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Darren O. Campbell
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Tanya arrives in London with her son Artyom, expecting to be met by her boyfriend. When he doesn't show and immigration wants to send her back to Russia, she asks for political asylum to buy some time. She has no idea that this will consign them for at least a year to a detention center, a fenced "city" near an abandoned seaside amusement park. Once there, realizing her boyfriend will never help her, she just wants to go home, but withdrawing the petition for asylum takes months. She's approached by pornographers inviting her to strip on line for cash; she's befriended by Alfie, a clerk at a convenience store at the center. She's a dreamer; what can she do? Written by
[Tanya and Artyom are in their flat in the evening, talking about Mark. Tanya is intently trying to open a can of food]
On ne priyedat. Davay, ya otkroyu. (He's not coming. Hand me that, I'll open it.)
On, navernoye, peredumal. (He's probably changed his mind.)
Potomu chto on nevrastenik. Ty tozhe ne sovsem normal'naya. Vy, navernoye, podkhodite. (Because he's neurotic. You're not completely normal yourself, either. You're probably well suited.)
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Slow, thoughtful, non-judgemental character piece.
A young Russian woman Tanya and her son arrive in England and claim political asylum in order to be allowed to stay. They are then put in a holding area in a sea-side town in Northern England and told they must wait for 12-16 months while their claims are processed. They find their situation and the town to be equally bleak and look for a way out. Two options present themselves - the kindness of arcade owner Alfie and the well-paying exploitation of pornographer Les.
This is a little gem of a film - very short but strong in almost every other area. The plot is not a typical life of an asylum seeker in the UK but it allows us to see life from their point of view. This doesn't mean that it's all bleak - Tanya sees humanity, exploitation, hate and indifference (the officers just doing their job who can't look into everyone's needs). The story is quite straightforward and at times doesn't seem to be going anywhere - the conclusion is pretty open, it's clever but it isn't satisfying for those wanting an end to the story. It's more a character piece that also looks at the UK's asylum policy. However it doesn't judge anyone or anything - it is wonderful in the way it simply presents the story with little sentiment or emotion and without pointing fingers at anyone or any situation. It could have easily been very preachy.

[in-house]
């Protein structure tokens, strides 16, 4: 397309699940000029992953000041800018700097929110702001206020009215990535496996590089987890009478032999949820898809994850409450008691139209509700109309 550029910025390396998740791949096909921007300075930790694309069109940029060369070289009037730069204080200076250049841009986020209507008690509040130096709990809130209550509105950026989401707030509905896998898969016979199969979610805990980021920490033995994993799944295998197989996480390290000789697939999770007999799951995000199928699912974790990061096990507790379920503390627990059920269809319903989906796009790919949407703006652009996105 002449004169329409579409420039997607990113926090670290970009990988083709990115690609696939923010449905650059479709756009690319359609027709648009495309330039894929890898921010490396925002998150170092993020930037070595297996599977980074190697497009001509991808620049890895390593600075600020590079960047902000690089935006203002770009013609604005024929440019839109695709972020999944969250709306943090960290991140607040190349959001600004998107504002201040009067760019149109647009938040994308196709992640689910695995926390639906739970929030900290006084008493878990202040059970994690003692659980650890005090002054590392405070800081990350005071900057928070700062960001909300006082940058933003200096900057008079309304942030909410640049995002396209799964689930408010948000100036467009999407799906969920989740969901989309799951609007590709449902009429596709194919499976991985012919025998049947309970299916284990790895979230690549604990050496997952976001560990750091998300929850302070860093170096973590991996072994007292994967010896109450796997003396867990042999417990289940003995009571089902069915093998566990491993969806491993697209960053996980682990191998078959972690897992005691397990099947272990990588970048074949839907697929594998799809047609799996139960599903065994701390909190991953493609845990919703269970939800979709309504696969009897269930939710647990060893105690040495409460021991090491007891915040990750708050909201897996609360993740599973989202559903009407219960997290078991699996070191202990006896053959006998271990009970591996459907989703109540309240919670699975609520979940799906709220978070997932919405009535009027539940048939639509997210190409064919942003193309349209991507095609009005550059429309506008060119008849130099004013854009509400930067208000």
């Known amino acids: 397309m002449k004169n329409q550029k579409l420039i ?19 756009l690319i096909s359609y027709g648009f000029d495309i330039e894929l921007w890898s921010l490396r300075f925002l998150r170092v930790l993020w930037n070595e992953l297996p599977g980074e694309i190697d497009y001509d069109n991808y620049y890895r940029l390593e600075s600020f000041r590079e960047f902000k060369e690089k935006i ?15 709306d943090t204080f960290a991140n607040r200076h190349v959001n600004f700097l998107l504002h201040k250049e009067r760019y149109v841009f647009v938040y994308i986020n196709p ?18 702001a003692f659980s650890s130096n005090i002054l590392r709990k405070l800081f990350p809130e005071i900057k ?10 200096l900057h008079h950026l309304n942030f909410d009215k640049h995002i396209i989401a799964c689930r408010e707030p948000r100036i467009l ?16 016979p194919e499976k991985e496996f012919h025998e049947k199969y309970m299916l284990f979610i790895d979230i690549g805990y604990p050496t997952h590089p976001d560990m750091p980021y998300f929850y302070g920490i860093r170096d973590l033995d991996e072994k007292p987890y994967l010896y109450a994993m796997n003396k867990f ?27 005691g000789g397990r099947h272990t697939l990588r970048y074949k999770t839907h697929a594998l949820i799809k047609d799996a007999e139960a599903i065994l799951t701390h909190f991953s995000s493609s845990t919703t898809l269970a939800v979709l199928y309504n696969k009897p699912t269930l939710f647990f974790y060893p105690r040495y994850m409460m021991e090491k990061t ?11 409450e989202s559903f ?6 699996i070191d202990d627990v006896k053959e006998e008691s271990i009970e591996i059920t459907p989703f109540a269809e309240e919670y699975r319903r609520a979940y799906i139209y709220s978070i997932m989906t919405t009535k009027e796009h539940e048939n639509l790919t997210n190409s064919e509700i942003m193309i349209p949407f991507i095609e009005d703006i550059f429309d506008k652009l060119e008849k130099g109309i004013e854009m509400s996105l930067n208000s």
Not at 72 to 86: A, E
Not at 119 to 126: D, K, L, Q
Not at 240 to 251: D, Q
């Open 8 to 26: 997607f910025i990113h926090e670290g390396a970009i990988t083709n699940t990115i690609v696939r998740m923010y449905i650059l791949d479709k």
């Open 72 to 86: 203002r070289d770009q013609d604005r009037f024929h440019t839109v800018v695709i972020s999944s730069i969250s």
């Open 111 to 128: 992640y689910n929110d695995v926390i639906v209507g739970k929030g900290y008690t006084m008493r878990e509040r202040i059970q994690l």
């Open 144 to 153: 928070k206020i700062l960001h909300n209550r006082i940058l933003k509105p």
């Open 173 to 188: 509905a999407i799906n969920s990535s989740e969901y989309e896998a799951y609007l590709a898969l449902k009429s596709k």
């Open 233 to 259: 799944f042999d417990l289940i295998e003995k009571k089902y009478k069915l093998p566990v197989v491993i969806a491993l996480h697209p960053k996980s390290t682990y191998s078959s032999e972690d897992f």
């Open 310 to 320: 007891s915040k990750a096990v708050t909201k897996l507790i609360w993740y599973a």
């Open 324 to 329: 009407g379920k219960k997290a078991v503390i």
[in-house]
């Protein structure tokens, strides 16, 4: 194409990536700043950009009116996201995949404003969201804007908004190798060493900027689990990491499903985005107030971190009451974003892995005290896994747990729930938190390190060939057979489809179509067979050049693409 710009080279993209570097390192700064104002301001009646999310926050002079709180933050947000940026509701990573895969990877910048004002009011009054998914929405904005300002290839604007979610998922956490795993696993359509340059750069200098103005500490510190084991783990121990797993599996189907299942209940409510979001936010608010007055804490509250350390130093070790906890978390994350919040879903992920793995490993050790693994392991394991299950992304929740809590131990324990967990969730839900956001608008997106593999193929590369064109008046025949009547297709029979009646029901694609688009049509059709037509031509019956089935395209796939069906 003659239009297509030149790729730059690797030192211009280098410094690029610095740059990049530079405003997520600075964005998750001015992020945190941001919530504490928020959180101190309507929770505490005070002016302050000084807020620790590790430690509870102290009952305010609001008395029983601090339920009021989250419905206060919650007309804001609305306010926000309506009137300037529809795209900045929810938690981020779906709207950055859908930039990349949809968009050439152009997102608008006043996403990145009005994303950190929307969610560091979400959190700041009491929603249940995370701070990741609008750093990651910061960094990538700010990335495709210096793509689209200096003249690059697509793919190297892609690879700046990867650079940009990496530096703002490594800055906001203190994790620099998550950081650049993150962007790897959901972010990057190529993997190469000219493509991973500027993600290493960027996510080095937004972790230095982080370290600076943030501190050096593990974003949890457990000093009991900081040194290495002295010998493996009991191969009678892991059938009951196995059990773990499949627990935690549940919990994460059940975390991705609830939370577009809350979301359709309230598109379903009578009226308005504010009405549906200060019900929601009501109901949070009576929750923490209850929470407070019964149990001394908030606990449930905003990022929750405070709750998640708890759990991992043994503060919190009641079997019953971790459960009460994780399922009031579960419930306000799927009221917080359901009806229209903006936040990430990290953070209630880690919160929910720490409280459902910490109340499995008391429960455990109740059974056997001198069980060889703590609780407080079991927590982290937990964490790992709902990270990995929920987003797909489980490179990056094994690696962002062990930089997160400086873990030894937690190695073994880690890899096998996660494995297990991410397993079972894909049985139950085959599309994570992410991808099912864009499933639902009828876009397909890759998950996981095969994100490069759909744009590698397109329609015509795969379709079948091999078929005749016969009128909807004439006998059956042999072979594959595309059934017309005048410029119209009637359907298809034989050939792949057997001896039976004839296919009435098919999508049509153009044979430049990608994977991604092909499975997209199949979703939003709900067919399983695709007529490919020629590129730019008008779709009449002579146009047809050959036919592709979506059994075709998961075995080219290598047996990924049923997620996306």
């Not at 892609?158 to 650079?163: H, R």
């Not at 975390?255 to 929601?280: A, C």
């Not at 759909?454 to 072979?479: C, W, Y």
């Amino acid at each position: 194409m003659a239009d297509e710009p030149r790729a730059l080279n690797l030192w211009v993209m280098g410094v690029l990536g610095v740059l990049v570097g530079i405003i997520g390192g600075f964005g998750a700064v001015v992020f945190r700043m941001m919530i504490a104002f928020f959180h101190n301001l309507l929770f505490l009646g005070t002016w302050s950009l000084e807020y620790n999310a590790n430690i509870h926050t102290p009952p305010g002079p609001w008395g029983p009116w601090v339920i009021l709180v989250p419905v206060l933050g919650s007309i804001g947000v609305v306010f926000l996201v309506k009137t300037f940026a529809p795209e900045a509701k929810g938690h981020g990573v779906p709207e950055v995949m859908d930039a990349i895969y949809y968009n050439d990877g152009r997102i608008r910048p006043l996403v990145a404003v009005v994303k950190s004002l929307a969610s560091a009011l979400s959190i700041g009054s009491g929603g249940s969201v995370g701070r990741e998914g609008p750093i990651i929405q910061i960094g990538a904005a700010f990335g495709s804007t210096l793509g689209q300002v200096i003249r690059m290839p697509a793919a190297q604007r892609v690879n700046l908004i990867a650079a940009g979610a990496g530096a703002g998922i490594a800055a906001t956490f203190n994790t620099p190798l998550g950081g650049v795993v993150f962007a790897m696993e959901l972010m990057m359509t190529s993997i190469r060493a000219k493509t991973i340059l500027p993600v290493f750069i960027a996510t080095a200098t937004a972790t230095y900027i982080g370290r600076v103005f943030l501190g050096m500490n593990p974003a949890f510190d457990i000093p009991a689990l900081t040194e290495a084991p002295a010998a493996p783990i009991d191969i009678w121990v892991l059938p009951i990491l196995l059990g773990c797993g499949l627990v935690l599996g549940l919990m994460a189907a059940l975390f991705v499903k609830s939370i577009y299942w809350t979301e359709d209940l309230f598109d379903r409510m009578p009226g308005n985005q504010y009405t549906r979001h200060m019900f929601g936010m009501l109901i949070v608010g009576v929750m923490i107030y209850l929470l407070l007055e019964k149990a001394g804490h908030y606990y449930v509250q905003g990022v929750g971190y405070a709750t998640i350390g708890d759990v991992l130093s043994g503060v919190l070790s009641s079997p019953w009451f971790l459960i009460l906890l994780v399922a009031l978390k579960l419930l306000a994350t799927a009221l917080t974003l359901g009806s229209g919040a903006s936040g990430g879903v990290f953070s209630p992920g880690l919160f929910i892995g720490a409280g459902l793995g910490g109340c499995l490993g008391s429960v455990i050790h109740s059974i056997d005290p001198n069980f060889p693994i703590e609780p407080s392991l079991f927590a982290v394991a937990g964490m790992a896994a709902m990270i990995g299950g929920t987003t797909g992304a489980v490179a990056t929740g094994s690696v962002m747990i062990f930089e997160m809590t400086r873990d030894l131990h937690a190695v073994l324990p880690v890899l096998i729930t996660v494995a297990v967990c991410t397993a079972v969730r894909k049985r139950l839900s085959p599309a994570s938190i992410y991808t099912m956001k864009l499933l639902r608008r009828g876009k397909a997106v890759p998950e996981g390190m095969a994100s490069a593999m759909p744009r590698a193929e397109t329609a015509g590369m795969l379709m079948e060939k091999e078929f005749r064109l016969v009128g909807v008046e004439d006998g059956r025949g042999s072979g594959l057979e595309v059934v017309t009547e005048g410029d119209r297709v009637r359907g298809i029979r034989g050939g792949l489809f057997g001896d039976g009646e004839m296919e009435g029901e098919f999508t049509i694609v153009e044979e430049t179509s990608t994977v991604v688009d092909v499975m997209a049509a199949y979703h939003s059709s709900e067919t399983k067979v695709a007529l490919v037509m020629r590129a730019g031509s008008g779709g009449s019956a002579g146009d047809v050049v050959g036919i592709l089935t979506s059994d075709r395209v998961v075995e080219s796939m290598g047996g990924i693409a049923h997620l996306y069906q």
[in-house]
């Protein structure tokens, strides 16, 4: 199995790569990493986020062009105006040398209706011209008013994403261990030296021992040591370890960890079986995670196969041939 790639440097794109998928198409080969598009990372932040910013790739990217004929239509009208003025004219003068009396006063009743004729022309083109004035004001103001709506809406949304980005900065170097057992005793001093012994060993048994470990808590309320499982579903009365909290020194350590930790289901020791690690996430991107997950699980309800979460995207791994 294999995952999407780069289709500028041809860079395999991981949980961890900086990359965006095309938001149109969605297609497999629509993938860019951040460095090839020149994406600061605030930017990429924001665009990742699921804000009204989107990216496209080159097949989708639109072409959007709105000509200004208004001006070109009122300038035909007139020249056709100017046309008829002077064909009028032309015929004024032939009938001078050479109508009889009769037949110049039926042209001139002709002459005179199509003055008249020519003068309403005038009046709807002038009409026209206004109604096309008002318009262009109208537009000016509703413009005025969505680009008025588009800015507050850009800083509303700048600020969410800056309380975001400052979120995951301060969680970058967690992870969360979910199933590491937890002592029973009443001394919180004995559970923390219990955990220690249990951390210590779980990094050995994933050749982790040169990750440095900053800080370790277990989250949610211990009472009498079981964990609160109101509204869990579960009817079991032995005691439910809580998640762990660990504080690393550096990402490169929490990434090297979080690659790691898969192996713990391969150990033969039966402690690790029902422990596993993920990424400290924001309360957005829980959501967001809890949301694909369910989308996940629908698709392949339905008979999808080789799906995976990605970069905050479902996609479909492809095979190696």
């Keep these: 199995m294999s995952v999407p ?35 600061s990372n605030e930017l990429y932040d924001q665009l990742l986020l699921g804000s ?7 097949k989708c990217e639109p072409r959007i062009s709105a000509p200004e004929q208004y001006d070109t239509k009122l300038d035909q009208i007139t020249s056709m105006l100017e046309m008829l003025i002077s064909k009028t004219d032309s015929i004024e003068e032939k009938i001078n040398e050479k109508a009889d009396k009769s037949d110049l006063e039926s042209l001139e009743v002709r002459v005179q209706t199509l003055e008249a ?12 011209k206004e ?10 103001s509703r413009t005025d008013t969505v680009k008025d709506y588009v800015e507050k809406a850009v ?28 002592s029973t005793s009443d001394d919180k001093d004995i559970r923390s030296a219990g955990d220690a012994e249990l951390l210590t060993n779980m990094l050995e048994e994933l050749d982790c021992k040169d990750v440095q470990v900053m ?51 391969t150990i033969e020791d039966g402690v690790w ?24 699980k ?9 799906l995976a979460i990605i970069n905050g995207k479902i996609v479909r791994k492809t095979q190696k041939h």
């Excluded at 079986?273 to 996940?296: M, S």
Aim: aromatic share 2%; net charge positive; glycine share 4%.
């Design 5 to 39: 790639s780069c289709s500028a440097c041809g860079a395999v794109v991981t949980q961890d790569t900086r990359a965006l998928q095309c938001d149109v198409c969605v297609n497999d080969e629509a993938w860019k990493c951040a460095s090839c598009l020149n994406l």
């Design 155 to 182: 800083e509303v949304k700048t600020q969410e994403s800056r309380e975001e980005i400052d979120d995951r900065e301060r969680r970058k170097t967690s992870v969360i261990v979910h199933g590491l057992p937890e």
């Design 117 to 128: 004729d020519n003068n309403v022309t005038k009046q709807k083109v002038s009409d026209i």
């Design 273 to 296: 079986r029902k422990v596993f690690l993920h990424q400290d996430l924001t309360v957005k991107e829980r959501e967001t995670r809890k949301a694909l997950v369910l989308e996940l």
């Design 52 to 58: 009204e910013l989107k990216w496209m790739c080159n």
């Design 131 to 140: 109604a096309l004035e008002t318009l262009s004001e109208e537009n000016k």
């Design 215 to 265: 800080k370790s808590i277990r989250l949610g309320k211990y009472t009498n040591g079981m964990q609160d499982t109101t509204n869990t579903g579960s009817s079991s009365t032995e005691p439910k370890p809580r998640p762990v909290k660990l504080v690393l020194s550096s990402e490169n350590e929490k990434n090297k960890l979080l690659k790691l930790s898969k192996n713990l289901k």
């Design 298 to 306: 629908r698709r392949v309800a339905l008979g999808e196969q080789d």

The cast are great. Korzun is a great actress and brings her character's vulnerability through. Strelnikov is also good as her son although doesn't have as much to do. Considine is excellent as Alfie - at first his character just seems to be a wide-boy type, saying "man" every few words and boasting about his fights and stuff, but his character is deeply written and is well brought out. The surprise performance for me was the role of Les, the internet pornographer who offers good money to Tanya for some strip work. It was a surprise because he was played by real life pornographer Steve Perry (his porn name is Ben Dover - quite famous in the UK) - although here he is credited as "Lindsey Honey", a made-up name. The fact that he essentially plays himself (just in terms of his job) but allows himself to be judged by the audience makes it an excellent, brave performance and he deserves recognition for it.
The film's weaknesses are minor but the fact that it is so bleak may be a turn off for those not willing to look past the surface. Also it moves quite slow and may frustrate at times. The way the scenes fade to black give it a bad TV feel - it feels like it was made to fade out to commercial breaks. Also the way that the seaside town is portrayed as "big brother" style town where the authorities see and know everything is at times a little hard to swallow.
Overall it is a great character piece that also gives a view of the UK from an foreigners point of view. It's slow, thoughtful and non-judgemental.
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